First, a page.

The Ebla Tablets Revisited

Ruins of the outer wall of Ebla and the “Damascus Gate”

One of the most popular articles on this blog is The Ebla Tablets Confirm Biblical Accounts. Though it was posted in 2015, it was still the most read article on the blog in 2016 and 2017 and was still third on the list in 2018.  Perhaps, that is why I feel prompted to revisit the subject today.

Digging a little bit deeper into the subject (pun intended), I found a 1979 Washington Post article that boasts no biblical claims. (Literally, it’s in the title.) The article asserts that, after initial enthusiasm that the tablets would reveal biblical treasures, “three years of intense study” disclosed no biblical claims. Dr. Robert Biggs, professor of Assyriology at the University of Chicago’s Oriental Institute, announced the verdict, “People who are looking to the Ebla tablets for proof of the authenticity of the Bible are going to be sorely disappointed.”

At the time of the article in 1979, 11,000 tablets had been discovered dating from 23 centuries before Christ in the ancient Sumerian city of Ebla in what is now northern Syria that was destroyed by fire around 2300 BC. Of course, only 48 tablets had been translated and published at the time of the article. While Professor Biggs was quick to render a verdict against the Bible, other scholars were not as quick to jump to judgment as noted by a Smithsonian expert who speculated at the same time that Ebla tablets may support the historicity of the Patriarchal narratives, “but we won’t know for decades.”

Fast forward to 2015, the number of tablets recovered from the ancient library in the ruins of Ebla had increased to 15,000, and the early verdict that they contain no “biblical claims” is much in doubt. (See Controversial Discovery: 15,000 Ancient Ebla Tablets Prove Old Testament To Be Accurate) The current number of tablets and portions of tablets may be closer to 17,000, and assessments are changing,

Among the discoveries reported are the following. Canaan, the word that many scholars believed was inaccurately and anachronistically attributed to a region in Judea, was confirmed to be an accurate reference from the ancient era.

“[W]ith the discovery of the tablets from northern Syria, the word the word ‘Canaan’ does appear, contrary to the claims of the critics. The tablets proved that the term was actually used in ancient Syria during the time in which the Old Testament was written.”

(See Critics Of Bible Silenced| Archaeological Discoveries Prove Torah To Be Accurate) The biblical cities of Sodom, Gomorrah and Haran (the place of Abram’s father) were also referenced in the tablets.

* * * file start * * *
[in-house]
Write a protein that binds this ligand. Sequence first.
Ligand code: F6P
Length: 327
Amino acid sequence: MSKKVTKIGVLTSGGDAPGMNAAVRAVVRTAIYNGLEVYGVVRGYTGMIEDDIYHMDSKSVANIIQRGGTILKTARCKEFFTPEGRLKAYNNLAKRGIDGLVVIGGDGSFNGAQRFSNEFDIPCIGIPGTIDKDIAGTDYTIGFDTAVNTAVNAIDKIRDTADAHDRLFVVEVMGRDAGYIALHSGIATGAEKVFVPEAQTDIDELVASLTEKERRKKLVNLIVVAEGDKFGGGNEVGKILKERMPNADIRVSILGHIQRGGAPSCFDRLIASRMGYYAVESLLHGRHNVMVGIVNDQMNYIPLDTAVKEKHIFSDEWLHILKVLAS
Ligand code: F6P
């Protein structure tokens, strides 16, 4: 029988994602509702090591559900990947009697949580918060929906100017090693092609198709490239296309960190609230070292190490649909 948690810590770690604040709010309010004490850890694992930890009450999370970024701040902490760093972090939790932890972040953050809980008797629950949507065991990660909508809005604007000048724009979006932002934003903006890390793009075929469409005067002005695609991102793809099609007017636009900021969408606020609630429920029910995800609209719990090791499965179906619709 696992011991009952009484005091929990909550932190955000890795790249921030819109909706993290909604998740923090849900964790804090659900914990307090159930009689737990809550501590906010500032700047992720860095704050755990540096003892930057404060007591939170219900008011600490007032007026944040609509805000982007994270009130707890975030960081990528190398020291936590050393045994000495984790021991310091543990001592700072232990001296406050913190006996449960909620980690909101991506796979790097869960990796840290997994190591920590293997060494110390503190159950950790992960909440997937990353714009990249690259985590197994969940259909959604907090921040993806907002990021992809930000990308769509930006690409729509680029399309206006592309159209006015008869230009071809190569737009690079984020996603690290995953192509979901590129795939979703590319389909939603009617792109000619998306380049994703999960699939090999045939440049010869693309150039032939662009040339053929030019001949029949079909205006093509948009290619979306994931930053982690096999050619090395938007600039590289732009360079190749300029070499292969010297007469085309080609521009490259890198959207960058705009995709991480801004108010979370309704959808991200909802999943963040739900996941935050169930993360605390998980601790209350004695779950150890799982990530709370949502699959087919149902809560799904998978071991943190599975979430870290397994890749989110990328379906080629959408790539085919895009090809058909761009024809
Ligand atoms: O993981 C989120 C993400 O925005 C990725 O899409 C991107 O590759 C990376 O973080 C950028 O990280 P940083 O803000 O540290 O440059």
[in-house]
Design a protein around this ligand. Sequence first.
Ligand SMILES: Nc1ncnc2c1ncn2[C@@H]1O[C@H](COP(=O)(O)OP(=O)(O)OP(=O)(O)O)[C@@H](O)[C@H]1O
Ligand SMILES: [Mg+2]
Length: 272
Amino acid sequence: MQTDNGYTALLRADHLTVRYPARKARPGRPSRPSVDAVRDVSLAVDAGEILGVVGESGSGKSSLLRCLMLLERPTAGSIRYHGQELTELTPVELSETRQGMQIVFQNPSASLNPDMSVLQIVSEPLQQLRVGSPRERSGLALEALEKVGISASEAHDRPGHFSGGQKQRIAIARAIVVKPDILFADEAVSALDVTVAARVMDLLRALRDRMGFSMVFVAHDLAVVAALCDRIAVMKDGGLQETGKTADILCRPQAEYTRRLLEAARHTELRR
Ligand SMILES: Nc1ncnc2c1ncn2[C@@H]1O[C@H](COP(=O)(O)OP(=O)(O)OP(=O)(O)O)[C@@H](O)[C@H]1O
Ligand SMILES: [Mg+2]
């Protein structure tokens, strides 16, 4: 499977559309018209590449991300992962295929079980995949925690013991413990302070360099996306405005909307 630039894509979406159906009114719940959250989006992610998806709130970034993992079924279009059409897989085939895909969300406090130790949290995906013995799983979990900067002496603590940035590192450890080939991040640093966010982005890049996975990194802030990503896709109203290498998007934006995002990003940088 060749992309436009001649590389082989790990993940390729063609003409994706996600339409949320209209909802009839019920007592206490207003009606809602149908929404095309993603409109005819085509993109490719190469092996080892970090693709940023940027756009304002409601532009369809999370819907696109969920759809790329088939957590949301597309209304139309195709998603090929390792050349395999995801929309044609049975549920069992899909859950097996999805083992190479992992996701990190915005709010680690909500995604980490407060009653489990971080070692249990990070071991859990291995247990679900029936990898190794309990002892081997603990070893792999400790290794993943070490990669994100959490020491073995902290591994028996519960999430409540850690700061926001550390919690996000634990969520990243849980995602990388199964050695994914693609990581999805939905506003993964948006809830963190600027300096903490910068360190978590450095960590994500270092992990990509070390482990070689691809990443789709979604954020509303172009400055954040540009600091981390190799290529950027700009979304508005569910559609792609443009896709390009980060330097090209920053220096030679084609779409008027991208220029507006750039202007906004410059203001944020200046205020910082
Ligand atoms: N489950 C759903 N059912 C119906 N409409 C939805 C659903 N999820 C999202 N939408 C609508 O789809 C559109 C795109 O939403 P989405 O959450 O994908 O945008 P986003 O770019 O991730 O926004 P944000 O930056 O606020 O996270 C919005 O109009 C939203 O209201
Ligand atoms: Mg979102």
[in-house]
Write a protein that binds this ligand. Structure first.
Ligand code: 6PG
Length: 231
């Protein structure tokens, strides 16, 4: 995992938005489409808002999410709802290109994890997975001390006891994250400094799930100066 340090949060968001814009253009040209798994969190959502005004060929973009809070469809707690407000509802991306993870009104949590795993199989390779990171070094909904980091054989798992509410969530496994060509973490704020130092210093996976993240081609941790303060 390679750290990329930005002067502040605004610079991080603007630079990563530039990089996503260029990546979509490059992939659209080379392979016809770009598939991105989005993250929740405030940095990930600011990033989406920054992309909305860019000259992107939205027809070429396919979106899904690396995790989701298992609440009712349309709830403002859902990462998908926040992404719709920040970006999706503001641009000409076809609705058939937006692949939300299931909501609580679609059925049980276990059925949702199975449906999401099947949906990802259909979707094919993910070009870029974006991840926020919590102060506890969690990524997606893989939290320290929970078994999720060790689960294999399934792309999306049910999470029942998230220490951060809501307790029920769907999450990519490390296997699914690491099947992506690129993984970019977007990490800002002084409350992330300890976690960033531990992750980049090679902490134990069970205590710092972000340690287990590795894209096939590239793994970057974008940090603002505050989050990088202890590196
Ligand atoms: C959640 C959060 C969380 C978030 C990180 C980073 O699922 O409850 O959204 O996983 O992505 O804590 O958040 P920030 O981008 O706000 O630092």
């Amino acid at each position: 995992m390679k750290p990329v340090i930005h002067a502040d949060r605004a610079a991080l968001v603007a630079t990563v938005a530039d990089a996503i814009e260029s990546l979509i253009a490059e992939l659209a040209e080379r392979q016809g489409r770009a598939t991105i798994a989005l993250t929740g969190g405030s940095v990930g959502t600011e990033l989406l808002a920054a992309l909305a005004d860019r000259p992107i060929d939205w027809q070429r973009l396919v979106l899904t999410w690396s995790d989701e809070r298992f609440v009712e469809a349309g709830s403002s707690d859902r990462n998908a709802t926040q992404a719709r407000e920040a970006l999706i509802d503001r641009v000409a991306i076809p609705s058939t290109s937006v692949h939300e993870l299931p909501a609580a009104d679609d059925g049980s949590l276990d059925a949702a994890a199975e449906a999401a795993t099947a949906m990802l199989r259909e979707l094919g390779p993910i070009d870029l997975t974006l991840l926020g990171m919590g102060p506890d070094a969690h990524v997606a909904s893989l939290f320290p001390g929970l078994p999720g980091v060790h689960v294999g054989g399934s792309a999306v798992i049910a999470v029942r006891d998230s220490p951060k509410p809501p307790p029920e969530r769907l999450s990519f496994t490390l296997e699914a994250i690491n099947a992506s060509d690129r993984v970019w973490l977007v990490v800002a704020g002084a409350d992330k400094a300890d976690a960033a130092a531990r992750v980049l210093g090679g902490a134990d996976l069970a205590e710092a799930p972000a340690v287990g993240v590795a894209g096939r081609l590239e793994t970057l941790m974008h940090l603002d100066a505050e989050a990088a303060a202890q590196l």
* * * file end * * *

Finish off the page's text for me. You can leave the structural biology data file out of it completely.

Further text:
In truth, there are only something more than 2000 complete tablets, along with approximately 4000 fragments and 10,000 chips of tablets. The majority of the text relates to economic and administrative details of life in Ebla, but historical information, religious text, academic text and other things have been gleaned from the tablets as well.

One of the more obvious, yet significant, things confirmed by the Ebla tablets is that written language was flourishing in the 3rd Millennium BC, contrary to doubts expressed by some skeptical experts. This was 1000 years before the time of Moses.

Contrary to the claim by Biggs, that the cuneiform script was not Semitic, Giovanni Pettinato, the chief epigrapher for the Ebla excavation, determined that the writing was a Semitic language related to Canaanite, Phoenician, Ugarit and Hebrew. (See The Archives of Ebla and the Bible) Before the Ebla tablets were discovered with the Eblaite cuneiform, Akkadian was the only Semitic language known to exist in the 3rd Millennium BC.

The gods referenced in the tablets are mostly the same as the gods worshiped by the Canaantes and other Semitic people in the area, including Dagan, Baal and Ashtarte. These gods are also referenced in the Hebrew Bible.

The names of the Eblaite gods referenced in the Ebla tablets give us more accurate understanding of some biblical texts. For instance, Hosea 7:14 is translated:

“They do not cry to me from the heart, but they wail upon their beds; for grain and wine they gash themselves; they rebel against me.”

The Hebrew word for grain is dagan, and the Hebrew word for wine is tirosh. Dagan is also the Eblaite god of grain, and tirosh is also the Eblaite goddess of wine, Tirosh. With that knowledge, we can retranslate Hosea 7:14, and it makes more sense:

“They do not cry to me from the heart, but they wail upon their beds; for [Dagan, the god of] grain, and [Tirosh, the goddess of] wine they gash themselves; they rebel against me.”

This is only one example of many in which the Ebla tablets shed new light on the biblical texts and biblical words. (See The Archives of Ebla and the Bible) The similarities in the two languages is striking, and the shared words are many.